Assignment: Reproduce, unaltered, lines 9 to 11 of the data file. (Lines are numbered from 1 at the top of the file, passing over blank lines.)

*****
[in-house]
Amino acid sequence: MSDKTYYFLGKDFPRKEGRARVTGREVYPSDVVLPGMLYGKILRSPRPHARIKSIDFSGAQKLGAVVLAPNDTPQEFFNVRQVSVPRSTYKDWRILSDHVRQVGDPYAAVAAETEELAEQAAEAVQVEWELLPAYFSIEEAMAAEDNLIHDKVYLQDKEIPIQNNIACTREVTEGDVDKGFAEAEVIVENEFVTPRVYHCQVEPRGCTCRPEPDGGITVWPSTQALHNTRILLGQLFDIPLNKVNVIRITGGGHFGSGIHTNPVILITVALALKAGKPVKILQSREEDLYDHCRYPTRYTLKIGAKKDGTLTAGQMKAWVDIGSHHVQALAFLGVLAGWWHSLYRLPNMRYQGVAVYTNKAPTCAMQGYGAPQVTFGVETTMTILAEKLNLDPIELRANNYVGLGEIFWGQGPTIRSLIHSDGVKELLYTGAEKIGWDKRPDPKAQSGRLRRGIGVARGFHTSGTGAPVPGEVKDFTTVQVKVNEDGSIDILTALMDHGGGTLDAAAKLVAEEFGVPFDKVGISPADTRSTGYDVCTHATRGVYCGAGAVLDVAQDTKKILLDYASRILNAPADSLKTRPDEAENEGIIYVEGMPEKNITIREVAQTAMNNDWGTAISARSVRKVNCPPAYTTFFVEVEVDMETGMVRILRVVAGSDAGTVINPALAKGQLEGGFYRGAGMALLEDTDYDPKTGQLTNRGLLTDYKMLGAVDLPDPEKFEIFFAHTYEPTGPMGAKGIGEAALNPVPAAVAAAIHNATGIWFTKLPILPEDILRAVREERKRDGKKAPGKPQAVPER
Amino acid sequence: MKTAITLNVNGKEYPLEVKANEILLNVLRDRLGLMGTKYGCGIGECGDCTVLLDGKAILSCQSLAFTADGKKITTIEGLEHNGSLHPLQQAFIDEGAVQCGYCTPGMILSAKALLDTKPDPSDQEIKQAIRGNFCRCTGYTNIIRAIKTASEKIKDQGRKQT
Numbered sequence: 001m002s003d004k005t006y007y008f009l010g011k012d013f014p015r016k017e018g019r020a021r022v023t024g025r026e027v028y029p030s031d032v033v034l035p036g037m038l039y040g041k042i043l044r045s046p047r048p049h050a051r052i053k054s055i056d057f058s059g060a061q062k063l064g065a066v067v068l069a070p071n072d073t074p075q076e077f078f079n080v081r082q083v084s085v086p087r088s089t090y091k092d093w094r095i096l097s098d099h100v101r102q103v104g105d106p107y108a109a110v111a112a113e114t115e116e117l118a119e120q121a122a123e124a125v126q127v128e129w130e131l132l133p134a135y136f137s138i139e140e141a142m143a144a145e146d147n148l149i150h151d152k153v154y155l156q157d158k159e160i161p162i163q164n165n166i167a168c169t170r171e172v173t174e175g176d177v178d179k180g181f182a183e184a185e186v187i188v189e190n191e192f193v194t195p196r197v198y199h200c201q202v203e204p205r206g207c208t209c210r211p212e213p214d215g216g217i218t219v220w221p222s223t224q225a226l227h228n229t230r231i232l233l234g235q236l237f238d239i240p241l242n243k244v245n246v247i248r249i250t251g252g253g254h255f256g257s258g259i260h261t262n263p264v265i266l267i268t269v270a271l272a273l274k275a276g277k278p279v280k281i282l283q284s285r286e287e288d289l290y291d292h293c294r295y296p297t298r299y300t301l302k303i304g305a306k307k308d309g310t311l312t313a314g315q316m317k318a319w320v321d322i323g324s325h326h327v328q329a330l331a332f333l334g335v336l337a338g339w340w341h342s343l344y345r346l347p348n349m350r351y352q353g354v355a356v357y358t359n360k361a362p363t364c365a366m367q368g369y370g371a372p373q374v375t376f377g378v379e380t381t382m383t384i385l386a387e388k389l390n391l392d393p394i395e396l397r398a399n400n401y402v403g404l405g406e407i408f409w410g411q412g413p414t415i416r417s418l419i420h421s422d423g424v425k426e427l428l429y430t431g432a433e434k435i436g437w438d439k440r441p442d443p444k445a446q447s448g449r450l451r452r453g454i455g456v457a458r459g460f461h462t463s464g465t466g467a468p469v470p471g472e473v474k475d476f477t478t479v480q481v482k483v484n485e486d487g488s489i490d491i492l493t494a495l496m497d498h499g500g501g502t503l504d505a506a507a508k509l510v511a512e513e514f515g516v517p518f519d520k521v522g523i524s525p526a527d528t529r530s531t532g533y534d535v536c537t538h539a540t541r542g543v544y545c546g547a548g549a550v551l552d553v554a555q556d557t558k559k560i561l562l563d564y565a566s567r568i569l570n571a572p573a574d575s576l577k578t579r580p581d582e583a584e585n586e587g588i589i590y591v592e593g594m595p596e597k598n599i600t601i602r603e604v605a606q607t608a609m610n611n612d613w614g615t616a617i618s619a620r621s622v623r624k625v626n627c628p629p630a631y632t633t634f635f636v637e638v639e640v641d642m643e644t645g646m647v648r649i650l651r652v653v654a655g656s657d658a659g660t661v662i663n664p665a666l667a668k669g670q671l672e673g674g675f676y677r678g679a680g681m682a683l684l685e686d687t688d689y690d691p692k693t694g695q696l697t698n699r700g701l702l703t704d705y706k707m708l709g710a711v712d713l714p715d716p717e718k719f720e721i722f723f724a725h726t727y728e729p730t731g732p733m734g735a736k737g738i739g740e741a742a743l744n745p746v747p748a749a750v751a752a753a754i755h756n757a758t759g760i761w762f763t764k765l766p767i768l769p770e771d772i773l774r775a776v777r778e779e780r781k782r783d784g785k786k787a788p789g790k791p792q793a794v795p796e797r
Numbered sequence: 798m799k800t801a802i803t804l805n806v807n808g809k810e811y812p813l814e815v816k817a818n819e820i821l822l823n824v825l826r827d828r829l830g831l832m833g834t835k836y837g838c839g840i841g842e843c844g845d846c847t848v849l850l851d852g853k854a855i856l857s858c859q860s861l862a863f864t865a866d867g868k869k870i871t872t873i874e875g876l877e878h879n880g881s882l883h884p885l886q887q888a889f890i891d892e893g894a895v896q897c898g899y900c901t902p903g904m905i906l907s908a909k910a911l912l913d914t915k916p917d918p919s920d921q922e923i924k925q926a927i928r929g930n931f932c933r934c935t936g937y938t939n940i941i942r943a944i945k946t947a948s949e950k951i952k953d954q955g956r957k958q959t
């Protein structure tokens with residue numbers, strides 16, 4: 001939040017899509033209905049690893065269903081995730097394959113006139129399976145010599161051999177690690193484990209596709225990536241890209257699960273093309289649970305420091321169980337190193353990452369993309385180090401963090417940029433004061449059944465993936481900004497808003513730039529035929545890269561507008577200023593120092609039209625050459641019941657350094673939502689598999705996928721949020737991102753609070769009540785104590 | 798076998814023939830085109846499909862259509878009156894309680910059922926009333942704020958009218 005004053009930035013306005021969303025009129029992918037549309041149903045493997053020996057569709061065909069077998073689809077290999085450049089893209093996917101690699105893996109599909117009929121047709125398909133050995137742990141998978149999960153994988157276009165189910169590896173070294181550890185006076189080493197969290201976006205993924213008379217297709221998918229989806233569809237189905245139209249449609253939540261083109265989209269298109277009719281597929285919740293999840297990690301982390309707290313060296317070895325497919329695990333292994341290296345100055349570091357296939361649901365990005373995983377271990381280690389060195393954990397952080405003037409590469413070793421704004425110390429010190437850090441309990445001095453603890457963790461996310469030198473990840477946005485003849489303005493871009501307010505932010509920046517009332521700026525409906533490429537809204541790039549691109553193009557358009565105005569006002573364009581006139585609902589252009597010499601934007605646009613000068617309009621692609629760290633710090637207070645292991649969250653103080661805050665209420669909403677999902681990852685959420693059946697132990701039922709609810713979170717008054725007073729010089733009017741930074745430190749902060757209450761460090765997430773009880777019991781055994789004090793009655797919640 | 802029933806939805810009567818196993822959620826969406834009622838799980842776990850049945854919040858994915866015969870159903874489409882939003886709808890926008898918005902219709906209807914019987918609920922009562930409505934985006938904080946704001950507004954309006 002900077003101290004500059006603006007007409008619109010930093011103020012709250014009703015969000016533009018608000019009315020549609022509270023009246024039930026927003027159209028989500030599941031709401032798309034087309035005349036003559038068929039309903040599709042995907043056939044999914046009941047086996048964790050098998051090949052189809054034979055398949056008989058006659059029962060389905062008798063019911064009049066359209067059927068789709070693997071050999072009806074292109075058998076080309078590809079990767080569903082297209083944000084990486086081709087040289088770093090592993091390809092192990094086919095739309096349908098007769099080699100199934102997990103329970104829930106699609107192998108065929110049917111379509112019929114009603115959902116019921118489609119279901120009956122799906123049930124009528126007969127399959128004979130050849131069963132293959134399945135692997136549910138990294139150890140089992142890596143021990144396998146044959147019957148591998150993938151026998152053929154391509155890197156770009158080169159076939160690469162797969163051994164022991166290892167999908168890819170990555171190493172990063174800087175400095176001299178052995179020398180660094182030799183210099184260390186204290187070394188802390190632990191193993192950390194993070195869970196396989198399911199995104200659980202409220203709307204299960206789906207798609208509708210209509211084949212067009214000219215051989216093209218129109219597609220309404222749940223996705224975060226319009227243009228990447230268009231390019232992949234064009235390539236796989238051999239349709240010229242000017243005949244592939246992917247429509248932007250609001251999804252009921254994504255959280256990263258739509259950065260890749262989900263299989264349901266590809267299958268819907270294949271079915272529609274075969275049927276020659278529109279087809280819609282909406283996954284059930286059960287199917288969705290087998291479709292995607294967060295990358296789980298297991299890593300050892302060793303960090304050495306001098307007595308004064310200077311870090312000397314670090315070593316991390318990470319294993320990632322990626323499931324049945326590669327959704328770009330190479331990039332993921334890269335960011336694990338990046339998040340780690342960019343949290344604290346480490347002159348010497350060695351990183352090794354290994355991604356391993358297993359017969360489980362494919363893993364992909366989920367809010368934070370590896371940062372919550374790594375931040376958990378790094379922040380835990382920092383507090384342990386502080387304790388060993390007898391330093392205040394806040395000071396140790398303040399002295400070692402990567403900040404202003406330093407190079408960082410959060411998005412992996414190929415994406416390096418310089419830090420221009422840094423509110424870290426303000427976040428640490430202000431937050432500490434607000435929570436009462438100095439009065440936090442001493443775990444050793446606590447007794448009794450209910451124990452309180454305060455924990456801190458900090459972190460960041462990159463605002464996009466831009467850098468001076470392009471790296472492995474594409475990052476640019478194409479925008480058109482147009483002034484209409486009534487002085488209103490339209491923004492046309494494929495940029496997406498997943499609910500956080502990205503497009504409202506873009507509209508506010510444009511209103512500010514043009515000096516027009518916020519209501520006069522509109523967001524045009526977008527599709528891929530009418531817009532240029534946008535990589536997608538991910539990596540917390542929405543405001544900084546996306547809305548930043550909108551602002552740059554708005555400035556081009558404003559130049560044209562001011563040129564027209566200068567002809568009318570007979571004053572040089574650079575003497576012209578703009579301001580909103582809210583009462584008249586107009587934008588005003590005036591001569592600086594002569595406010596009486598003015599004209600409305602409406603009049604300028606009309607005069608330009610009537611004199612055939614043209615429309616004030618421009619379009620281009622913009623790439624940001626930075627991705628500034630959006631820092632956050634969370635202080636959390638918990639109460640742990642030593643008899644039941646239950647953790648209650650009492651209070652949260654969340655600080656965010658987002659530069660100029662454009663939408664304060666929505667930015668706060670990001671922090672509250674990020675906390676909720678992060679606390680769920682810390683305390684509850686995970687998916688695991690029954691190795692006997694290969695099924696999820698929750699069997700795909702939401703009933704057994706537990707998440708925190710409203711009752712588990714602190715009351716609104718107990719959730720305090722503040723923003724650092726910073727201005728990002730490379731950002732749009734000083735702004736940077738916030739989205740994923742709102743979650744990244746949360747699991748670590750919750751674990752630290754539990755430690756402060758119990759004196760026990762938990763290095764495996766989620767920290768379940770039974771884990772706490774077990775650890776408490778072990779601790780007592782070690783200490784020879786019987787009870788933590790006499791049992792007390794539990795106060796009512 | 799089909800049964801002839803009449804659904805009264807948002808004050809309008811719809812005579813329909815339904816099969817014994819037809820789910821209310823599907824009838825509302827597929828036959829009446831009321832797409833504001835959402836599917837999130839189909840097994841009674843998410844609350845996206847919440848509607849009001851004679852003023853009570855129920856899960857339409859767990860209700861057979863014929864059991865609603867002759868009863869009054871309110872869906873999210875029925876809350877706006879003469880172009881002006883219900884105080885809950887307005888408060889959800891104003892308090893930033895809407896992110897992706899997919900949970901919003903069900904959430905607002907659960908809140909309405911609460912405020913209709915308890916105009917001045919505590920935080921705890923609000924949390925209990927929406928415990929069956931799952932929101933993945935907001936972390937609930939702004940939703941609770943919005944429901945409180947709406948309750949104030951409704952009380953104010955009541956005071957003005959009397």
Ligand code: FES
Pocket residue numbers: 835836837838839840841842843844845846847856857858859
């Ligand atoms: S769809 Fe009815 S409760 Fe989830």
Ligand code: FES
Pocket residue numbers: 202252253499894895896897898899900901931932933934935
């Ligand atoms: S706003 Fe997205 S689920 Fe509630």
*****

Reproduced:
């Ligand atoms: S769809 Fe009815 S409760 Fe989830």
Ligand code: FES
Pocket residue numbers: 202252253499894895896897898899900901931932933934935